Seafood can fuel you with heart-healthy power or toxins; it all depends on what kind you choose to eat. Sadly, so many fossil fuel emissions, toxic industrial compounds like polychlorinated biphenyls (PCBs), and heavy metals like mercury are polluting our waters and building up in our fish sources. These kinds of toxins can also build up in our bodies and cause devastating effects.
In a study that was done a few years ago by the National Institutes of Health, researchers found that African Americans consumed more total fish than white subjects, and most of the additional consumption was in the form of fried fish. As we age, we need the heart healthy benefits of omega-3 but there are certain types of seafood that we should just steer clear of and here are six of them:
- Tilapia. Eating the widely consumed fish is actually worse than eating bacon! Wake Forest University School of Medicine researchers found that farm-raised tilapia, as well as farmed catfish, “have several fatty acid characteristics that would generally be considered by the scientific community as detrimental. Tilapia has higher levels of potentially detrimental long-chain omega-6 fatty acids than 80-percent-lean hamburger, doughnuts, and even pork bacon.” It contains low amounts of omega-3 and high levels of omega-6 fatty acids. According to the researchers, the combination of omega-3 and omega-6 is dangerous for folks with heart disease, arthritis, asthma, allergies, and autoimmune diseases. The combo in the fish causes an inflammatory reaction in the body that can damage the heart, blood vessels, lungs, joint tissues, skin, and the digestive tract.
- Shark. An estimated 100 million sharks are killed each year to feed consumer demand for their meat. It is a common seafood in many countries but is believed to contain the highest toxins over all other fish species. The Environmental Defense Fund advises against eating shark because of its high levels of mercury. According to a CNN report from nearly 20 years ago, the mercury levels in sharks can cause coordination loss, blindness, and even death. Scientists think that sharks accumulate mercury in their body because they eat many smaller fish.
- King mackerel. Kingfish produce large and thick fillets and they tend to be oily, so folks love to low-temperature smoke them. Kings also are good coming off a grill. Beware! However, king mackerel has one of the highest levels of mercury out of all of the popular saltwater fish according to the FDA.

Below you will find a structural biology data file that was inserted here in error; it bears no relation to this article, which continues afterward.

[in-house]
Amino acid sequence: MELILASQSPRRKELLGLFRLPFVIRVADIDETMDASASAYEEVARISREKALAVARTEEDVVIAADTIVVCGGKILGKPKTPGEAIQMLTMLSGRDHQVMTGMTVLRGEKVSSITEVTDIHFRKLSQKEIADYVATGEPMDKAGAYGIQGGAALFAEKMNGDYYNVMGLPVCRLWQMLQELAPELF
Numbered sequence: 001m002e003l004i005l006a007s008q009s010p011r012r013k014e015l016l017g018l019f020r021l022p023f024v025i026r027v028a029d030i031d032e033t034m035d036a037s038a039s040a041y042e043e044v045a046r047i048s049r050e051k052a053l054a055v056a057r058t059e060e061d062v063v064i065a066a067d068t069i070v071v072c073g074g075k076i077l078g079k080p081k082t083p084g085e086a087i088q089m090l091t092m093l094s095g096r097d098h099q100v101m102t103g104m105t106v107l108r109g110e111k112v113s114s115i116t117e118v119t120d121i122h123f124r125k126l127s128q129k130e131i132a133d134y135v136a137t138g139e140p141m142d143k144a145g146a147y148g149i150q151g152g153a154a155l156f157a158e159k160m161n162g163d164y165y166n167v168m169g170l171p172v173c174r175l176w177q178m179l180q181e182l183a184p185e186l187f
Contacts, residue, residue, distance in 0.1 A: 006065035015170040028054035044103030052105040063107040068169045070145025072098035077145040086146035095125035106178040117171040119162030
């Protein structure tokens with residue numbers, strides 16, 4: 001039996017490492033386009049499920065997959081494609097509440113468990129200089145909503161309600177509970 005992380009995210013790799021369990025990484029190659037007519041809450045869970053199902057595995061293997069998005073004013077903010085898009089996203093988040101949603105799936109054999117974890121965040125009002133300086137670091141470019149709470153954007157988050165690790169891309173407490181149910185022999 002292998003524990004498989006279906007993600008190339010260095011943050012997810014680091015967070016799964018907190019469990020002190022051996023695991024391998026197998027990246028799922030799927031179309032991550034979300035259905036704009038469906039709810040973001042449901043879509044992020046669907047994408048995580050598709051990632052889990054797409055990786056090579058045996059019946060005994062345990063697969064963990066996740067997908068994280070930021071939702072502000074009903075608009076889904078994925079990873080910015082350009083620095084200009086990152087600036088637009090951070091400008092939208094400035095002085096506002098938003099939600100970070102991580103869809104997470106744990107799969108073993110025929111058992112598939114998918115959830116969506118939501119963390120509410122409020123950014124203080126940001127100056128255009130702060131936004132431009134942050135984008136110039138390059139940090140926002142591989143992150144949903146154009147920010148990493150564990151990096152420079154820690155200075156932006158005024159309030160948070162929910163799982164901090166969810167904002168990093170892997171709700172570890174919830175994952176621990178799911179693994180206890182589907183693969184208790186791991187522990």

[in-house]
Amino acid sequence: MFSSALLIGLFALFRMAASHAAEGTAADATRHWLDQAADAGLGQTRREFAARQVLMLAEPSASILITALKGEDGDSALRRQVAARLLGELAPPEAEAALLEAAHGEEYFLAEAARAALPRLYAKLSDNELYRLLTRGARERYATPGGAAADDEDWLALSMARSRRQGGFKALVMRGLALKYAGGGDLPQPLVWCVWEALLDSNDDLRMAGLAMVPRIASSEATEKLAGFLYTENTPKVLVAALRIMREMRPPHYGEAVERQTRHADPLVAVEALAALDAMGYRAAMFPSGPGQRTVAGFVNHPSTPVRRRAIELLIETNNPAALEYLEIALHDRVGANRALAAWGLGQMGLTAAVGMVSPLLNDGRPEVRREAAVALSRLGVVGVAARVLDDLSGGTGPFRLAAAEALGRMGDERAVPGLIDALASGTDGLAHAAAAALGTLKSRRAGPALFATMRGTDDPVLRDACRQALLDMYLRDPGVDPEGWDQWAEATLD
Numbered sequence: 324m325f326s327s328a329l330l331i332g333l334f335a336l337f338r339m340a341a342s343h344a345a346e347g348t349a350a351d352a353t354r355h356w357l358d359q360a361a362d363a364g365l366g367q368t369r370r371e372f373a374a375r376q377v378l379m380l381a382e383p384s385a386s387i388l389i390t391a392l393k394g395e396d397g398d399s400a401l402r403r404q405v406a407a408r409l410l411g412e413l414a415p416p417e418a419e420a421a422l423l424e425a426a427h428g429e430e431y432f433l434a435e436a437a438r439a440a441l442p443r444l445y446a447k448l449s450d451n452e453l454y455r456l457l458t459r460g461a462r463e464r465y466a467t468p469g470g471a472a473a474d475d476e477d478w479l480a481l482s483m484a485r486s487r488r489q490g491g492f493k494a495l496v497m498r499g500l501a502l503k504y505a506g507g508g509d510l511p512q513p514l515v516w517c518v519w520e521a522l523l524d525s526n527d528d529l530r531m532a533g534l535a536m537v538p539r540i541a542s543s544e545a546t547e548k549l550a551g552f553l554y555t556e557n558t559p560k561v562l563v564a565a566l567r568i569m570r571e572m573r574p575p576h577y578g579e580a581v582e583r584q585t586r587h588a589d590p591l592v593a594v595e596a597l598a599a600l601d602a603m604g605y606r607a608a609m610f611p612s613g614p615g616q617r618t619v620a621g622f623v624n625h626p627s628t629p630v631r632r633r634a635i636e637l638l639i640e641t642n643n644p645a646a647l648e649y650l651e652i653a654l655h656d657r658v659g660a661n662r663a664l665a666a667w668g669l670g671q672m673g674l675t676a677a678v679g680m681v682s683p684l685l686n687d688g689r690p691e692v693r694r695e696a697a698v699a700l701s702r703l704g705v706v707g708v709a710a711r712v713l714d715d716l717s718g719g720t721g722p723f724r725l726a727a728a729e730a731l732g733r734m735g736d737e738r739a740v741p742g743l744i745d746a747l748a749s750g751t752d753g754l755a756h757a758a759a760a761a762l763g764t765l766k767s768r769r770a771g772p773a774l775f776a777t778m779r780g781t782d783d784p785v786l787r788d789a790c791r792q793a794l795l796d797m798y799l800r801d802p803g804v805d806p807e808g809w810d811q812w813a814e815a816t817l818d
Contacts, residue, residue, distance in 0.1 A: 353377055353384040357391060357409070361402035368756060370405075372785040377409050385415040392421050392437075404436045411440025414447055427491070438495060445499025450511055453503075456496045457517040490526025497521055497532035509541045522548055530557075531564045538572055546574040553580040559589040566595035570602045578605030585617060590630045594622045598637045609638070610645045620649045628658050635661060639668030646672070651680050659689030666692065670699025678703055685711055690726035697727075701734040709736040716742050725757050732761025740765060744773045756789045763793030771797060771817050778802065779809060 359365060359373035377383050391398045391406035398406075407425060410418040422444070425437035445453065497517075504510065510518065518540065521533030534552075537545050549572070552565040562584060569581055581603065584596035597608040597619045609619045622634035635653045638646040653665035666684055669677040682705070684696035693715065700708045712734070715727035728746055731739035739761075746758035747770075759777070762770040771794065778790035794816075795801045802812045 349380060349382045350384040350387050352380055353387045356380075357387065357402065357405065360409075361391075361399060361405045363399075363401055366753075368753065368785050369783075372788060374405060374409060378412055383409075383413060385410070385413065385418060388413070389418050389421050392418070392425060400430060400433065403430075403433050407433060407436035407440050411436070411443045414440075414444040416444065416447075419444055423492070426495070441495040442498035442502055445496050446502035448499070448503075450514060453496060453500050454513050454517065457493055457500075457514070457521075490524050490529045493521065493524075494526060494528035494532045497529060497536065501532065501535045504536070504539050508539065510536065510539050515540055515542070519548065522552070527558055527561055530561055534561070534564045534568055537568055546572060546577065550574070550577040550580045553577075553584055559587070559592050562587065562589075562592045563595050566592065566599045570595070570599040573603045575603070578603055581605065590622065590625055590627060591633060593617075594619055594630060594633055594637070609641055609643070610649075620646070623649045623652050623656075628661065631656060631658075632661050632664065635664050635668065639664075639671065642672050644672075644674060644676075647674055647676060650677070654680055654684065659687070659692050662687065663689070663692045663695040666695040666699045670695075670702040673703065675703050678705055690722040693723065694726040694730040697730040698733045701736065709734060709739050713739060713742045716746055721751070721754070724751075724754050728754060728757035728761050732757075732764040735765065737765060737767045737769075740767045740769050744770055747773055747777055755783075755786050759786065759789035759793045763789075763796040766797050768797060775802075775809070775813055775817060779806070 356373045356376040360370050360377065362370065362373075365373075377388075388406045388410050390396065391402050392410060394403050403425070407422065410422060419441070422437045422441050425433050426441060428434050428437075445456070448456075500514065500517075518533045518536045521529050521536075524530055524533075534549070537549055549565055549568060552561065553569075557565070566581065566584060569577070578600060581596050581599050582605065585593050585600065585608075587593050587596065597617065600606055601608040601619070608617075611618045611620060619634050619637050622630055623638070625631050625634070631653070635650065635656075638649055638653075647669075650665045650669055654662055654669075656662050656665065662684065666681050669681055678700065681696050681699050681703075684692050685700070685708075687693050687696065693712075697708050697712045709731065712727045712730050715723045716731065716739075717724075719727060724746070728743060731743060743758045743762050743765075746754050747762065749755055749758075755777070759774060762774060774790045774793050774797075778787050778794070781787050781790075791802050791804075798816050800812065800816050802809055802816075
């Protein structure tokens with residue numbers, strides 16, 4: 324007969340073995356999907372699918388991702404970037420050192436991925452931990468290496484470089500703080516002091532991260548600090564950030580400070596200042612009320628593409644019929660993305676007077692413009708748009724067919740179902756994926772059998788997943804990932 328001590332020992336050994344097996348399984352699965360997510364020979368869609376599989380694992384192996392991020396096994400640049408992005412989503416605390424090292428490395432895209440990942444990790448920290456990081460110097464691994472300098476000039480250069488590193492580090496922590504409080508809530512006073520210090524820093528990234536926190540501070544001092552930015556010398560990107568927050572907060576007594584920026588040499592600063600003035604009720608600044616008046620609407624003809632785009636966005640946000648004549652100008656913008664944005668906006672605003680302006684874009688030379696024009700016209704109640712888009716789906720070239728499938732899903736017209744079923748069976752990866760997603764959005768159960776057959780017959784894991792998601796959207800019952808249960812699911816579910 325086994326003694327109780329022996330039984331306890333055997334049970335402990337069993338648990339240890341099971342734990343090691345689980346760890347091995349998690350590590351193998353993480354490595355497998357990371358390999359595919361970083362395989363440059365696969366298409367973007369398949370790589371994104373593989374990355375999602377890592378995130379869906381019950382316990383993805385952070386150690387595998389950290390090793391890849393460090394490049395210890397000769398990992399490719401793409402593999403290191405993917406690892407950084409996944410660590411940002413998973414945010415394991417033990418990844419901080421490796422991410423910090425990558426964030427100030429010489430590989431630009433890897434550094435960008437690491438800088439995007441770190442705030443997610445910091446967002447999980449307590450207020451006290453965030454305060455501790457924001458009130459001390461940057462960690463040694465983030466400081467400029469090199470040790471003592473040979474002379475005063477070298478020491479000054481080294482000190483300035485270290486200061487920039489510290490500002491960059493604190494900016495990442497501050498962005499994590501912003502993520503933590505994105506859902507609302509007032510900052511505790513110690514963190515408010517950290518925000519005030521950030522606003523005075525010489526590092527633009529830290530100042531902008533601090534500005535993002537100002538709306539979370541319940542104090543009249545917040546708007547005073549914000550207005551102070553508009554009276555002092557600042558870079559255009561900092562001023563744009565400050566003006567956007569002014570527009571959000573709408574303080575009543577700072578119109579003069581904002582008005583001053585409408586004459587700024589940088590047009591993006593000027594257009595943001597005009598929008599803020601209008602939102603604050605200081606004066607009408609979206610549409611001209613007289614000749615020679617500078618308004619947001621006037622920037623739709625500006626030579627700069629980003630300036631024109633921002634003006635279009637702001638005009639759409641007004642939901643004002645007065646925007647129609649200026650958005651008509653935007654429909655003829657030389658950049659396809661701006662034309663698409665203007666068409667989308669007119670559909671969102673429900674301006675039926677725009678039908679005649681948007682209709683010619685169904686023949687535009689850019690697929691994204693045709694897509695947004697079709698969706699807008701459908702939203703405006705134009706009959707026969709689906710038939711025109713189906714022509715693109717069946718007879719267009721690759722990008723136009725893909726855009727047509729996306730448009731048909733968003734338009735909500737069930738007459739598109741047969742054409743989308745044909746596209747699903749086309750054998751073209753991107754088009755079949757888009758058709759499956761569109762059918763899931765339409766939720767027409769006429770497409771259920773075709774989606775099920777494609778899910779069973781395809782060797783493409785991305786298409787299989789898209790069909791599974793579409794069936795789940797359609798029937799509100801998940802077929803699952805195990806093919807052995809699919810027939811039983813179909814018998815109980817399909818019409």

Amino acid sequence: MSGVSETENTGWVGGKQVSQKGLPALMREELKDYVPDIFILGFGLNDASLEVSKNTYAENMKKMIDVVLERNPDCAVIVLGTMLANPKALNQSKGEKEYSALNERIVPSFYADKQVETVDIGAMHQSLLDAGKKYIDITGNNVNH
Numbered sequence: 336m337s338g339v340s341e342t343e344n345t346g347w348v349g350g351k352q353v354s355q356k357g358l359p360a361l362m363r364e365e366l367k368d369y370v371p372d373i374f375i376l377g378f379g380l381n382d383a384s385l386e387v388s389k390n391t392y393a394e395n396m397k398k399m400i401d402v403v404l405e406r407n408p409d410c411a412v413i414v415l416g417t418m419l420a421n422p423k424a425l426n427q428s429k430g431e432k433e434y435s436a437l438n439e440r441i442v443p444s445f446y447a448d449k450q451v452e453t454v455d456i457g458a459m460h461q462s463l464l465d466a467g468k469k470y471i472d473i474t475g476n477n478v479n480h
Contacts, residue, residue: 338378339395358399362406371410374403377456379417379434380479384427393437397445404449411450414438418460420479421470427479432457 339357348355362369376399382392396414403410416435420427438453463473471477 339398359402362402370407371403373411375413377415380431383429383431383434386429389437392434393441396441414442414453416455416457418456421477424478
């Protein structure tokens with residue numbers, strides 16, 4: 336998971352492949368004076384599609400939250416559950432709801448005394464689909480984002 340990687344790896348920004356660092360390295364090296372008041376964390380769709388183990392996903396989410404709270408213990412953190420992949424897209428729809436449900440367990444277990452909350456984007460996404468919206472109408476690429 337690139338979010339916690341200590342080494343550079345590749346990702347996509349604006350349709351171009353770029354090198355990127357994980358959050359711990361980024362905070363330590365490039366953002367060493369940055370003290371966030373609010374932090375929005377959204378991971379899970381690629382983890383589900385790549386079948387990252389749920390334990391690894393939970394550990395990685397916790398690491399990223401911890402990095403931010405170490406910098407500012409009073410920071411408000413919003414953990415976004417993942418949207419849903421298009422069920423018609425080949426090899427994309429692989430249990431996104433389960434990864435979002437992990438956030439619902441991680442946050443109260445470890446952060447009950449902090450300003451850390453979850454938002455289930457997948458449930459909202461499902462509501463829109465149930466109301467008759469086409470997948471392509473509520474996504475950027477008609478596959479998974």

- Imported or farm-raised shrimp. Shrimp is the most popular seafood in the United States, but only a tiny fraction of that comes from domestic sources. Ninety percent of the shrimp we eat is imported, and almost all of that comes from farms in Southeast Asia and Central America. A 2015 Consumer Reports study found that of 205 imported shrimp samples, 11 from Vietnam, Thailand, and Bangladesh were contaminated with antibiotic residues. Some of these antibiotics have been linked to cancers, while others are illegal to administer to food animals in the United States. The next time you purchase shrimp ask the seller about its origins. If it was raised in Asia or Central America, slow your roll! If you need help, the Seafood Watch app offers good guidance on what to choose and what to avoid.
- Canned albacore tuna (white tuna). ConsumerLab, an independent health and nutritional lab tested popular brands of canned tuna and found that the brands of albacore were contaminated. Half the products were contaminated with mercury and/or arsenic at levels that raised eyebrows.
- Farmed salmon. Salmon is prized for its health benefits. This fatty fish is loaded with omega-3 fatty acids, which most people don’t get enough of. However, not all salmon is created equal. Most farmed salmon (and all salmon labeled “Atlantic salmon” is farmed) are raised in tightly packed, open-net pens often rife with parasites and diseases. Farmed salmon also contain contaminants that include polychlorinated biphenyls (PCBs), dioxins and several chlorinated pesticides. One study published in 2004 determined that PCB concentrations in farmed salmon were eight times higher than in wild salmon, on average. PCB is strongly associated with cancer and various other health problems. Farmed fish is generally more susceptible to infections and disease than wild fish. To counter this problem, antibiotics are frequently added to fish feed. Not only is antibiotic use an environmental problem, but it is also a health concern for consumers, as they may increase the risk of antibiotic resistance in your gut.